The monetary policy  we have fallen victim to is wealth ignorant. It does not create or protect wealth. It eats away at it month by month. It shows little regard to how you spend your money and where you hold your cash. This why investors and savers must diversify their portfolios and own real assets which cannot be devalued by monetary and government policies.

Investments such as gold and silver by their very nature are immune to the effects of inflation, stagflation and the dangerous ideas and experiments of central banks.

This year gold is up by nearly 8% and acting as . Wouldn’t it be nice next time the UK inflation figures are released to consider how your portfolio has done in real terms thanks to precious metals?

Gold Prices (LBMA AM)

13 Dec: USD 1,241.60, GBP 929.96 & EUR 1,056.97 per ounce
12 Dec: USD 1,243.40, GBP 933.92 & EUR 1,056.27 per ounce
11 Dec: USD 1,251.40, GBP 935.80 & EUR 1,061.19 per ounce
08 Dec: USD 1,245.85, GBP 924.42 & EUR 1,061.09 per ounce
07 Dec: USD 1,256.80, GBP 937.57 & EUR 1,066.77 per ounce
06 Dec: USD 1,268.55, GBP 948.37 & EUR 1,072.31 per ounce
05 Dec: USD 1,275.90, GBP 950.29 & EUR 1,075.71 per ounce

Silver Prices (LBMA)

13 Dec: USD 15.71, GBP 11.76 & EUR 13.38 per ounce
12 Dec: USD 15.78, GBP 11.82 & EUR 13.40 per ounce
11 Dec: USD 15.84, GBP 11.84 & EUR 13.43 per ounce
08 Dec: USD 15.83, GBP 11.76 & EUR 13.48 per ounce
07 Dec: USD 15.91, GBP 11.94 & EUR 13.49 per ounce
06 Dec: USD 16.12, GBP 12.06 & EUR 13.64 per ounce
05 Dec: USD 16.29, GBP 12.14 & EUR 13.72 per ounce

Important Guides

For your perusal, below are our most popular guides in 2017:

Essential Guide To Storing Gold In Switzerland

Essential Guide To Storing Gold In Singapore

Essential Guide to Tax Free Gold Sovereigns (UK)

Please share our research with family, friends and colleagues who you think would benefit from being informed by it.

Mark O'Byrne

Executive Director

This update can be found on the GoldCore blog here.

IRL
63
FITZWILLIAM SQUARE
DUBLIN 2

E info@goldcore.com

UK
NO. 1 CORNHILL
LONDON 2
EC3V 3ND

IRL +353 (0)1 632 5010
UK +44 (0)203 086 9200
US +1 (302)635 1160

W http://www.goldcore.com/uk/

WINNERS MoneyMate and Investor Magazine Financial Analysts 2006

Disclaimer: The information in this document has been obtained from sources, which we believe to be reliable. We cannot guarantee its accuracy or completeness. It does not constitute a solicitation for the purchase or sale of any investment. Any person acting on the information containd in this document does so at their own risk. Recommendations in this document may not be suitable for all investors. Individual circumstances should be considered before a decision to invest is taken. Investors should note the following: Past experience is not necessarily a guide to future performance. The value of investments may fall or rise against investors' interests. Income levels from investments may fluctuate. Changes in exchange rates may have an adverse effect on the value of, or income from, investments denominated in foreign currencies. GoldCore Limited, trading as GoldCore is a Multi-Agency Intermediary regulated by the Irish Financial Regulator.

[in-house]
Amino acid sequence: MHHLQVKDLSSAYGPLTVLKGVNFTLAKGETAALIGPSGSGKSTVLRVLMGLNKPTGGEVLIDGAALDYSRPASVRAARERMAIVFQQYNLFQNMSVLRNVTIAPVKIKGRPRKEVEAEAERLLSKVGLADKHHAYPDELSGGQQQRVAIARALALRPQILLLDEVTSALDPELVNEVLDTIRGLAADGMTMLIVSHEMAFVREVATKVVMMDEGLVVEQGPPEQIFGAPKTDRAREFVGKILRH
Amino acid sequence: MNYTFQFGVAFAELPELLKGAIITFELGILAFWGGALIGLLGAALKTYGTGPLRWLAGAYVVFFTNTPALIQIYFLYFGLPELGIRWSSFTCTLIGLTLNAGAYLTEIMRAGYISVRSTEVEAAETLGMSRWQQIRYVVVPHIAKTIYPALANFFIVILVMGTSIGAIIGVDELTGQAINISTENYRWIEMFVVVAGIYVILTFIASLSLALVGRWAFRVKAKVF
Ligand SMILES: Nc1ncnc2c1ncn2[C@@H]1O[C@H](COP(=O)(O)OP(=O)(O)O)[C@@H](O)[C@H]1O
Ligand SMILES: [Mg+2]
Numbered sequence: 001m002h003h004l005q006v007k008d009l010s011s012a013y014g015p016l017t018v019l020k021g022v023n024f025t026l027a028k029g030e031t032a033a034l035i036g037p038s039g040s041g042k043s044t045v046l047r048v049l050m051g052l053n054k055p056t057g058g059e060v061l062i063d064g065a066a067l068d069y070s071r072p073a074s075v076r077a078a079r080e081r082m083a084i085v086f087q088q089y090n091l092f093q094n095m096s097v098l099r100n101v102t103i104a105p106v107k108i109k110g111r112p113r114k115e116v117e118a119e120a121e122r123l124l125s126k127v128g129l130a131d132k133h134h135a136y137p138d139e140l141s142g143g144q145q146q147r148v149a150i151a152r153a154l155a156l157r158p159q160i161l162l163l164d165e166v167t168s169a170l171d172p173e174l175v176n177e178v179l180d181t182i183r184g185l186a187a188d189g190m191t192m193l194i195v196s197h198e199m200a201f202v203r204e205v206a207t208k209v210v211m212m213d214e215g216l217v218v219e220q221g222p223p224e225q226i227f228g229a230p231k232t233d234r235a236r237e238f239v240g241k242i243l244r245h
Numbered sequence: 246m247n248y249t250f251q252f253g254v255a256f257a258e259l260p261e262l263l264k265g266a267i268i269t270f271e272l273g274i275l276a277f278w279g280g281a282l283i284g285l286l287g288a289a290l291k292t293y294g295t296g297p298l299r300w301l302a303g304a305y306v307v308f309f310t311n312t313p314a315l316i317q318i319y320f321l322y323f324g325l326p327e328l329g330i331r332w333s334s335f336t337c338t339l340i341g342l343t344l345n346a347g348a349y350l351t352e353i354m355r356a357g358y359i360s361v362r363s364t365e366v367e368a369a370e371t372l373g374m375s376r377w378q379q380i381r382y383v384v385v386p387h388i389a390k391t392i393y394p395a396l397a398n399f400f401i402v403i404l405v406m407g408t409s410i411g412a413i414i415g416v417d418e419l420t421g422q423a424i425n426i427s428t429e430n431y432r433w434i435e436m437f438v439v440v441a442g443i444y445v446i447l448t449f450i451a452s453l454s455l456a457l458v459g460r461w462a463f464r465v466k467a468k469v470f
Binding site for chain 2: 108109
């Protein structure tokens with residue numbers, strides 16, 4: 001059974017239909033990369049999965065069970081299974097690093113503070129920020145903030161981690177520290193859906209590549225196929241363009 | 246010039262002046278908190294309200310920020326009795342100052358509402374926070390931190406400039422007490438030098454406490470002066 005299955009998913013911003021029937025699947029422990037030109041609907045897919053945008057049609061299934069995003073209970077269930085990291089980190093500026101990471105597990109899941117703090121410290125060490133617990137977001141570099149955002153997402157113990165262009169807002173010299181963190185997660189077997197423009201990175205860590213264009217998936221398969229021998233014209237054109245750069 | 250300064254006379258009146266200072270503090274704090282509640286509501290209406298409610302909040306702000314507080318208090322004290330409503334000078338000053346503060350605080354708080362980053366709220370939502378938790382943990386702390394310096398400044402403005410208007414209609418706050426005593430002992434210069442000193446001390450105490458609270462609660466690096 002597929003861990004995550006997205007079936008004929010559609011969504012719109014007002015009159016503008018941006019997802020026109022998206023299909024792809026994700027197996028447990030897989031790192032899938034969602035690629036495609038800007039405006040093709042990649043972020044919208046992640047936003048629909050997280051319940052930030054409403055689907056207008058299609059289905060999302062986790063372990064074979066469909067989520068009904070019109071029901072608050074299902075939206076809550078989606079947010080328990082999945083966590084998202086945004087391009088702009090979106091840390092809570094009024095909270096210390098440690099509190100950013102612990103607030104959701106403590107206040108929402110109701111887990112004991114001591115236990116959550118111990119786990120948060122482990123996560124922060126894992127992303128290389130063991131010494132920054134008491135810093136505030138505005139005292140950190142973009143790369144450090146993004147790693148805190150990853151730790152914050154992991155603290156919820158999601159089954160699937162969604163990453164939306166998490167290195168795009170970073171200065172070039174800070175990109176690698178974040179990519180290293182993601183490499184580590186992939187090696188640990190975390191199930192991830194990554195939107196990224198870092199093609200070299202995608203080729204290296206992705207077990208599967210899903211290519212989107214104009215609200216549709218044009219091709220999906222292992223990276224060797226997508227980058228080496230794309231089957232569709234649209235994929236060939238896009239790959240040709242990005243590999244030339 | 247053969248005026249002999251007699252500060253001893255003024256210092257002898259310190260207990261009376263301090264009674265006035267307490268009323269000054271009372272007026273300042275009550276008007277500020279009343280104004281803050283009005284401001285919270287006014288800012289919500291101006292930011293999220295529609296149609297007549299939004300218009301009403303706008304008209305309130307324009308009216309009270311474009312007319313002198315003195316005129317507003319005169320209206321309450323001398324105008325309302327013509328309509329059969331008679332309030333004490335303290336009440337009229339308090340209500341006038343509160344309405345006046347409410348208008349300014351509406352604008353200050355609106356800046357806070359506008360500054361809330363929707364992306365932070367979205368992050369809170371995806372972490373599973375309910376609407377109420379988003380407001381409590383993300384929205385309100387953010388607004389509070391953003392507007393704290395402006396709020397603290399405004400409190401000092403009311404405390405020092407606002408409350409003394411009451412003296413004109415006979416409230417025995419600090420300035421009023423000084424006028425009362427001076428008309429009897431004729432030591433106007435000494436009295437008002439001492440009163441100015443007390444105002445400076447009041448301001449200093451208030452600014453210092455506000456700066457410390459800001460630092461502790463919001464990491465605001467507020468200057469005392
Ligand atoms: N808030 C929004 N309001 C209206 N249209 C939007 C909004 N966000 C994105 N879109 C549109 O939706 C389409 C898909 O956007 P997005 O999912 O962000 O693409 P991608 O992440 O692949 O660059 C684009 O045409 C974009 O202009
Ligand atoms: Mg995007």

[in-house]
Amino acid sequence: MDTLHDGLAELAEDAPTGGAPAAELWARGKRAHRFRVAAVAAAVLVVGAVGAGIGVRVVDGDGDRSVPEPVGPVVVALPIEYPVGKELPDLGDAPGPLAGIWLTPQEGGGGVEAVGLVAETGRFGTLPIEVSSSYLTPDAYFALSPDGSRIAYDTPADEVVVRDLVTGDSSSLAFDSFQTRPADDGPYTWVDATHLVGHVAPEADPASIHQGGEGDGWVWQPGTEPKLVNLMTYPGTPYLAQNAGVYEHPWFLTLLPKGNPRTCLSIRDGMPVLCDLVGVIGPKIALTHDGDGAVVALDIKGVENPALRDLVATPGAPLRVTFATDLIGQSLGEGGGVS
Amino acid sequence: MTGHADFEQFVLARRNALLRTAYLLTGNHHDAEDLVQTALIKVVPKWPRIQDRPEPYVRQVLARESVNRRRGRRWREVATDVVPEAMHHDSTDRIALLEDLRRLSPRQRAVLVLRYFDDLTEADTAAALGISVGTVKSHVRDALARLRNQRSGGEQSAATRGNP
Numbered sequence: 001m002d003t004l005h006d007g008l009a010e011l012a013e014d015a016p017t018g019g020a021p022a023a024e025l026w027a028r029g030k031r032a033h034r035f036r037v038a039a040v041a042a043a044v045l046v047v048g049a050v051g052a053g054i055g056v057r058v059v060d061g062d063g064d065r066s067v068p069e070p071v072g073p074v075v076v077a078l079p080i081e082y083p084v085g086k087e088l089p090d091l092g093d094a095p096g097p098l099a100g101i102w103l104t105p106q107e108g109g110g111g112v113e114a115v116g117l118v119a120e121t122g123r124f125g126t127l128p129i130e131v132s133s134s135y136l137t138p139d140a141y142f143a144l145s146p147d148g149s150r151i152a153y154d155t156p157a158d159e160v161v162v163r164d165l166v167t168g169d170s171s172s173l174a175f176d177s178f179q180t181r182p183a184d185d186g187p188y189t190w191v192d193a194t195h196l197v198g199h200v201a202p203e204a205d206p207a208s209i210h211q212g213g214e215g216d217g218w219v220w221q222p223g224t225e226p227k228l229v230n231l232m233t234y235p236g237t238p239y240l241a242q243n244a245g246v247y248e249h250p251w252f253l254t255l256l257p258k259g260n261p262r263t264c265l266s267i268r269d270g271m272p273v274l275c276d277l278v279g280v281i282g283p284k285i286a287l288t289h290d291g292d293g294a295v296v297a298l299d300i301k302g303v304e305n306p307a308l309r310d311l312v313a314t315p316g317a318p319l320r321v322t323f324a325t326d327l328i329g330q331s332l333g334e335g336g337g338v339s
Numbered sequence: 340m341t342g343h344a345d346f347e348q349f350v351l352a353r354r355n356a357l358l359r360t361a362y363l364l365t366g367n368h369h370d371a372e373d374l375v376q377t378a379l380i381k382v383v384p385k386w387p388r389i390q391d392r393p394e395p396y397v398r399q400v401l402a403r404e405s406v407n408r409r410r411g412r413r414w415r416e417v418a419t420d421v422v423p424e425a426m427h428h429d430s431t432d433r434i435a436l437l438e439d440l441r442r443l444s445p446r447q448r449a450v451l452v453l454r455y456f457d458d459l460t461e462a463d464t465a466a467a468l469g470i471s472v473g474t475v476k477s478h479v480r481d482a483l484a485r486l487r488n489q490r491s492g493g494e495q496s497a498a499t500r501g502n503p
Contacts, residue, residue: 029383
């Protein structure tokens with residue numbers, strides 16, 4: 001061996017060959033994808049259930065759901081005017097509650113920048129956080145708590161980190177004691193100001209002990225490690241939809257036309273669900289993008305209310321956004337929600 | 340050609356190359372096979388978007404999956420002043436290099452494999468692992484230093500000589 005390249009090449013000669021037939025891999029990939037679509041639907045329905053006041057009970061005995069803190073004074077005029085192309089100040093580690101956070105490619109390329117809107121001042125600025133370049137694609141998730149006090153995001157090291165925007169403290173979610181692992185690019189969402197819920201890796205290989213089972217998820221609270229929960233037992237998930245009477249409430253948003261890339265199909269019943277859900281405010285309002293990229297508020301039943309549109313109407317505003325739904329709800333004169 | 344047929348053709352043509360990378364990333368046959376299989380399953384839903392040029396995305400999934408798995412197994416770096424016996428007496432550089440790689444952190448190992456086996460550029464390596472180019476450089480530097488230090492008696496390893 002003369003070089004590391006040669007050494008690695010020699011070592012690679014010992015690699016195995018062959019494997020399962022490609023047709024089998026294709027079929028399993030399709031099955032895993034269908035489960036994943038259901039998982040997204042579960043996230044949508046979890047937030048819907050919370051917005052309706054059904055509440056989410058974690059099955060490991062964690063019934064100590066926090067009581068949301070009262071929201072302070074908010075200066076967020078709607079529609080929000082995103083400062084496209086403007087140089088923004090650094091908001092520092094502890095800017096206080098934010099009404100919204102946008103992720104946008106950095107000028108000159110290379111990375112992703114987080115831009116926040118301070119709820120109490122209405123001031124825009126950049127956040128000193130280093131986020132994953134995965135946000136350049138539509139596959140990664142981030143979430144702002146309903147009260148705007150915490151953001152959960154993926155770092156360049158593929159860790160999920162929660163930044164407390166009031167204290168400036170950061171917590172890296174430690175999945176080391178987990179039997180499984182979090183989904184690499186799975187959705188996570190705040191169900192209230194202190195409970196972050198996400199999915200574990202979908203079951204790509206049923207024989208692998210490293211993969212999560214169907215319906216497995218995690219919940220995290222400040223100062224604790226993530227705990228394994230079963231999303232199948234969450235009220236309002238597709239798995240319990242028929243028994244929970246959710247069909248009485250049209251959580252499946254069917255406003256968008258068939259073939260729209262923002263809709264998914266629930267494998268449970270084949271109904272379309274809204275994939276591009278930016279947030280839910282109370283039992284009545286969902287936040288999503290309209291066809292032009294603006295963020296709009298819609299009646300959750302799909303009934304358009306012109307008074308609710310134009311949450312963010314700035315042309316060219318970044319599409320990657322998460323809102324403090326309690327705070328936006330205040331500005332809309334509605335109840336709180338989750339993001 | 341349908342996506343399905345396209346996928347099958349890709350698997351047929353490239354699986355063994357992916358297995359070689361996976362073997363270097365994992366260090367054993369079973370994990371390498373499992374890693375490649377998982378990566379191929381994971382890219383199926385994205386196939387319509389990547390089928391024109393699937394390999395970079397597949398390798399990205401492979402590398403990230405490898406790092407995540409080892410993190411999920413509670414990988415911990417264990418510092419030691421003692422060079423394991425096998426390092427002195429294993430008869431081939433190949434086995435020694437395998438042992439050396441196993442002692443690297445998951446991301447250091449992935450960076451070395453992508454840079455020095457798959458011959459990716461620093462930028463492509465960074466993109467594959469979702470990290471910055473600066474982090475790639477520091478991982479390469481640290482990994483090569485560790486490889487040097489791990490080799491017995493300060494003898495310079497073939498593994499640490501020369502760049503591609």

GoldCore is committed to complying with the requirements of the Data Protection Act. This means that in the provision of our services, appropriate personal information is processed and kept securely. It also means that we will never sell your details to a third party. The information you provide will remain confidential and may be used for the provision of related services. Such information may be disclosed in confidence to agents or service providers, regulatory bodies and group companies. You have the right to ask for a copy of certain information held by us in our records in return for payment of a small fee. You also have the right to require us to correct any inaccuracies in your information. The details you are being asked to supply may be used to provide you with information about other products and services either from GoldCore or other group companies or to provide services which any member of the group has arranged for you with a third party. If you do not wish to receive such contact, please write to the Marketing Manager GoldCore, 63 Fitzwilliam Square, Dublin 2 marking the envelope 'data protection'

GoldCore Archive

© 2005-2018 http://www.MarketOracle.co.uk - The Market Oracle is a FREE Daily Financial Markets Analysis & Forecasting online publication.


Post Comment

Only logged in users are allowed to post comments. Register/ Log in

6 Critical Money Making Rules